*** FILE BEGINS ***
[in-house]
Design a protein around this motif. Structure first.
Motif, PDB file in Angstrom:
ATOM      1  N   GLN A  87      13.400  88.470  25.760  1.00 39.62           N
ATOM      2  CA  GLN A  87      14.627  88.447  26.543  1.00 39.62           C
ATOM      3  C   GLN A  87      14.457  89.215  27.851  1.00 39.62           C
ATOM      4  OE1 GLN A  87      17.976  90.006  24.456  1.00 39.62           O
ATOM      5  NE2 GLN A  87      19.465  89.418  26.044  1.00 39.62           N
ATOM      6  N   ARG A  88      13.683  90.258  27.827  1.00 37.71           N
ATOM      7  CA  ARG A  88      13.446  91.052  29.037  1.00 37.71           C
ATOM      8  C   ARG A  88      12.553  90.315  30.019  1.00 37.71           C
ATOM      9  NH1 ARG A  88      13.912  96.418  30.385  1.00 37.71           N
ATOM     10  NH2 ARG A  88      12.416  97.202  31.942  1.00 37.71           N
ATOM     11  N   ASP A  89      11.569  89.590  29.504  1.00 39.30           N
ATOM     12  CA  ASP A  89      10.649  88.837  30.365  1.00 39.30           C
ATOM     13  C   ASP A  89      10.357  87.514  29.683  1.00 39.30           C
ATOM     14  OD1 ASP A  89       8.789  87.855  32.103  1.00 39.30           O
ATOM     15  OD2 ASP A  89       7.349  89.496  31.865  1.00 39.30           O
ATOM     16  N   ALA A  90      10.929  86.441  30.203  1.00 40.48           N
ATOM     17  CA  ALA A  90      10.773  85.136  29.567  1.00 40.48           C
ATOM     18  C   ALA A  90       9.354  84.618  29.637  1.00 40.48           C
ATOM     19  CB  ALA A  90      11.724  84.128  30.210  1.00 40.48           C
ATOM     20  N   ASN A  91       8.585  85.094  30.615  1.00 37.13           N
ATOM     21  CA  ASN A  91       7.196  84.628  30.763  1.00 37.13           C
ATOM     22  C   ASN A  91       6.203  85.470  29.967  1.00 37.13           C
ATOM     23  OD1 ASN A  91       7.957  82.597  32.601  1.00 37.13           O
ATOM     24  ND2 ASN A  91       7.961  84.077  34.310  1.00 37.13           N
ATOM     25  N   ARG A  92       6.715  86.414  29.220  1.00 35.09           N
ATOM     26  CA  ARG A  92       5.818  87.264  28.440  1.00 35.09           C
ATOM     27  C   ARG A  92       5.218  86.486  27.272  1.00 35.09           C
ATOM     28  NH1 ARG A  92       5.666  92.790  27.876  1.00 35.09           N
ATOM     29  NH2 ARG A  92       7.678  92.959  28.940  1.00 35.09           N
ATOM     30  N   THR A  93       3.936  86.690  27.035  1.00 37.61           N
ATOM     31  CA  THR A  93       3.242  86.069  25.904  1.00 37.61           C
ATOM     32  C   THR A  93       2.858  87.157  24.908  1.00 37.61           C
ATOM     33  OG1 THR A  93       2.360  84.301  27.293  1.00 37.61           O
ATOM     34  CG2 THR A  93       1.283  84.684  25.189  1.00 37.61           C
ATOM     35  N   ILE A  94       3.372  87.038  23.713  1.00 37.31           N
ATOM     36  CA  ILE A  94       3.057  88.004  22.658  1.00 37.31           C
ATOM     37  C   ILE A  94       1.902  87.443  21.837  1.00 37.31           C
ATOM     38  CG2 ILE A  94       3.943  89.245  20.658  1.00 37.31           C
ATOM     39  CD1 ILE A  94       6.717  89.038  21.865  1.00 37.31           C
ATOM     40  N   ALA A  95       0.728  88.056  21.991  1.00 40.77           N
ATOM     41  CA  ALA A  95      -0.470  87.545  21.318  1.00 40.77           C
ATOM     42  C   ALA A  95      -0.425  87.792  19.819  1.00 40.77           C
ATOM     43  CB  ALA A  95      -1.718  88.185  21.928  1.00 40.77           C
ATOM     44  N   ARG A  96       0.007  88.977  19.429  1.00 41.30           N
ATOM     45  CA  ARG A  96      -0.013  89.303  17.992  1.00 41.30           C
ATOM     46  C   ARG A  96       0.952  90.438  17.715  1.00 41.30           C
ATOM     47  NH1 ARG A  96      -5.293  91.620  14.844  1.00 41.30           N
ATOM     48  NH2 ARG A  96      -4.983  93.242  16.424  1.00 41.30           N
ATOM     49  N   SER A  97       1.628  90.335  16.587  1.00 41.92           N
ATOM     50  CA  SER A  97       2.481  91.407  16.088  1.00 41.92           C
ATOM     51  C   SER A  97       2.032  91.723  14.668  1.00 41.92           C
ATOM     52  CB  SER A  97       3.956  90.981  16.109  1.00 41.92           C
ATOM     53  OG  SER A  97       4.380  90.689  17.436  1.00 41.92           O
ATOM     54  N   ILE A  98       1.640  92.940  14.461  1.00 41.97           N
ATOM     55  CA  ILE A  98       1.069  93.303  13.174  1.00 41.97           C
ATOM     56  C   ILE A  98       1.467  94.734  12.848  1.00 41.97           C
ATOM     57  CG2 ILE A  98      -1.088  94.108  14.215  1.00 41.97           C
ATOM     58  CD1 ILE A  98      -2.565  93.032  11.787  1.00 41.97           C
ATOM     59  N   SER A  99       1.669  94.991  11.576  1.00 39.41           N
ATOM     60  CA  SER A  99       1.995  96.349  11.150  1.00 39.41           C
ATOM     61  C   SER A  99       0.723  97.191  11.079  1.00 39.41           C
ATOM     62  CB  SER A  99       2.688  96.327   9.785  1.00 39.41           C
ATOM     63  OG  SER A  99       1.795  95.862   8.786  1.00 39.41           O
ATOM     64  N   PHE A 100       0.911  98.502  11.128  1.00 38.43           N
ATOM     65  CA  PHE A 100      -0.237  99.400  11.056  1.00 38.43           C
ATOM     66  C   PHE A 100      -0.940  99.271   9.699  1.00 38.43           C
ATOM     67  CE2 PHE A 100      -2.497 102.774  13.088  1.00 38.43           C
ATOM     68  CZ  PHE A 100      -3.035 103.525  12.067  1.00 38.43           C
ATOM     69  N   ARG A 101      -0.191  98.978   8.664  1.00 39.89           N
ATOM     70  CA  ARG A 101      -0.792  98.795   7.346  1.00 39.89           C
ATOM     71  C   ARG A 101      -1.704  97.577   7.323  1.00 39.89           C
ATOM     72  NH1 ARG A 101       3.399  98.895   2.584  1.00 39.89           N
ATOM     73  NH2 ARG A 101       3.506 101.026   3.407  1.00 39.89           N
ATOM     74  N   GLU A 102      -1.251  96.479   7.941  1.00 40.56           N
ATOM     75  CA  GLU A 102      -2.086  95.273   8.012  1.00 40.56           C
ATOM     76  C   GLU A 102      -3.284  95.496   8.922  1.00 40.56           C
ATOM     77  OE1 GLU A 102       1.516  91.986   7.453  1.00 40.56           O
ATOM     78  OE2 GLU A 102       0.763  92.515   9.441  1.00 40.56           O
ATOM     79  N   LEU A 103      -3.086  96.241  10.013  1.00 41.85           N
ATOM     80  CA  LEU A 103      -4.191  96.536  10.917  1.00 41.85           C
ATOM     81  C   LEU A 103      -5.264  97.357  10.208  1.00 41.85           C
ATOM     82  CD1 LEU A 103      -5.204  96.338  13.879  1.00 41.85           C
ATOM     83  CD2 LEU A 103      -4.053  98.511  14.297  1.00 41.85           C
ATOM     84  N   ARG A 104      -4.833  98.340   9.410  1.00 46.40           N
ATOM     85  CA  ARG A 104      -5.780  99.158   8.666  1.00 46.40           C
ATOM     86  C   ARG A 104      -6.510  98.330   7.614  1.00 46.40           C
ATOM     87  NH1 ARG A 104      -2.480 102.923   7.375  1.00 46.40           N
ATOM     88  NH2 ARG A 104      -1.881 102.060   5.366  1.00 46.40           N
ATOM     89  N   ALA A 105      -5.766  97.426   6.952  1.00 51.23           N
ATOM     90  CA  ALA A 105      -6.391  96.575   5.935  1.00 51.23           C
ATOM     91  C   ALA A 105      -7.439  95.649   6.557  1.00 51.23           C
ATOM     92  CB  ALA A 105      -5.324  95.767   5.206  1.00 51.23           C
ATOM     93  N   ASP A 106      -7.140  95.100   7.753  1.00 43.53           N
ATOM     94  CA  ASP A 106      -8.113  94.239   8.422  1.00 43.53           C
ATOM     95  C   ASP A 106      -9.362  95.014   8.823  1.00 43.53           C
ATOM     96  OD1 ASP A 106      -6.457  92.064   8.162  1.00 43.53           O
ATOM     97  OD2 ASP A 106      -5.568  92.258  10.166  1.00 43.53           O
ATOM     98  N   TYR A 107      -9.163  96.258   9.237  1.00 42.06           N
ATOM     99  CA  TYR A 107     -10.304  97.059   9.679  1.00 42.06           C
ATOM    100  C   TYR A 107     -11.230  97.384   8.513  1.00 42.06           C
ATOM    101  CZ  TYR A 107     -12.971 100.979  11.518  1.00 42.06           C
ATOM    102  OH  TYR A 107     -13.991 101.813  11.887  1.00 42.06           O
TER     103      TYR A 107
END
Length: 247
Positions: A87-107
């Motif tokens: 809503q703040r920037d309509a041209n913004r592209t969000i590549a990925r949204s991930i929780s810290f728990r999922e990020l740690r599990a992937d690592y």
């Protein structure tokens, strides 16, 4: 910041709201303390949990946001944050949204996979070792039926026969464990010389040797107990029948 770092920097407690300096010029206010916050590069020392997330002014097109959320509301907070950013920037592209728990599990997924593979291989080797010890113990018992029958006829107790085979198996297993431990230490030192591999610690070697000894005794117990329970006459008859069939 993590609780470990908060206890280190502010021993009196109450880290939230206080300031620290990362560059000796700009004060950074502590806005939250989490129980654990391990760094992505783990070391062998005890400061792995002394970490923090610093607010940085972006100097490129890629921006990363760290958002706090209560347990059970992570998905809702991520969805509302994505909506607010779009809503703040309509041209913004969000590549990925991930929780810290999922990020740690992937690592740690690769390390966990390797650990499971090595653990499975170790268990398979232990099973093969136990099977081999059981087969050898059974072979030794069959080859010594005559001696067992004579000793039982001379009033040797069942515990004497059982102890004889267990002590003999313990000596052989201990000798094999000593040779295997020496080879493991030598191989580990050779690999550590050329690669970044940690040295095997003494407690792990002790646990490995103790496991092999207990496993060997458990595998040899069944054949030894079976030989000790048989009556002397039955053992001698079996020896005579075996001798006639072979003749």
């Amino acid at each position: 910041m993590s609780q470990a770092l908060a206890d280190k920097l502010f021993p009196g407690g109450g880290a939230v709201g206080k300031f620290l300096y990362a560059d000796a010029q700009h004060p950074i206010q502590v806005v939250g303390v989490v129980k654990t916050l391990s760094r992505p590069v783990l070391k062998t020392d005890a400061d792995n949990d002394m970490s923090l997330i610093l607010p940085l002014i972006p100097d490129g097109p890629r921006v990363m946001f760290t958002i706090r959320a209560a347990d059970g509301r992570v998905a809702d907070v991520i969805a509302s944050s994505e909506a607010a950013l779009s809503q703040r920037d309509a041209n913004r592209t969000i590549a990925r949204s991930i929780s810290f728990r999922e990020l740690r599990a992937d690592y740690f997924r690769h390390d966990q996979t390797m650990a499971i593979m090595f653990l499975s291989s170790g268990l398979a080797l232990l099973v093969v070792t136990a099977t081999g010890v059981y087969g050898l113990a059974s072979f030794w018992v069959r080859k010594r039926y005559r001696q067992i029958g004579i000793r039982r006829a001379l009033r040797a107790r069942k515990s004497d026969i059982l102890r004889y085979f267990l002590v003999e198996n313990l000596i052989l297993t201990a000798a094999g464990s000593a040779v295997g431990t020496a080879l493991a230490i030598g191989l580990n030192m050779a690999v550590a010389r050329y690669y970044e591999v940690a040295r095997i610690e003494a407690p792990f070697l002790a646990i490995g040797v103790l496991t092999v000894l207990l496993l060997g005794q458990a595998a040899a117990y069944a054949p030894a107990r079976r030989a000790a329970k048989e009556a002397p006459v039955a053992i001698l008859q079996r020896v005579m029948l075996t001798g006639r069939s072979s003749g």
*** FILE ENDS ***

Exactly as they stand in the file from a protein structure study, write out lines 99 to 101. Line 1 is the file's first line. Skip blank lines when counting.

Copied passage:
ATOM     96  OD1 ASP A 106      -6.457  92.064   8.162  1.00 43.53           O
ATOM     97  OD2 ASP A 106      -5.568  92.258  10.166  1.00 43.53           O
ATOM     98  N   TYR A 107      -9.163  96.258   9.237  1.00 42.06           N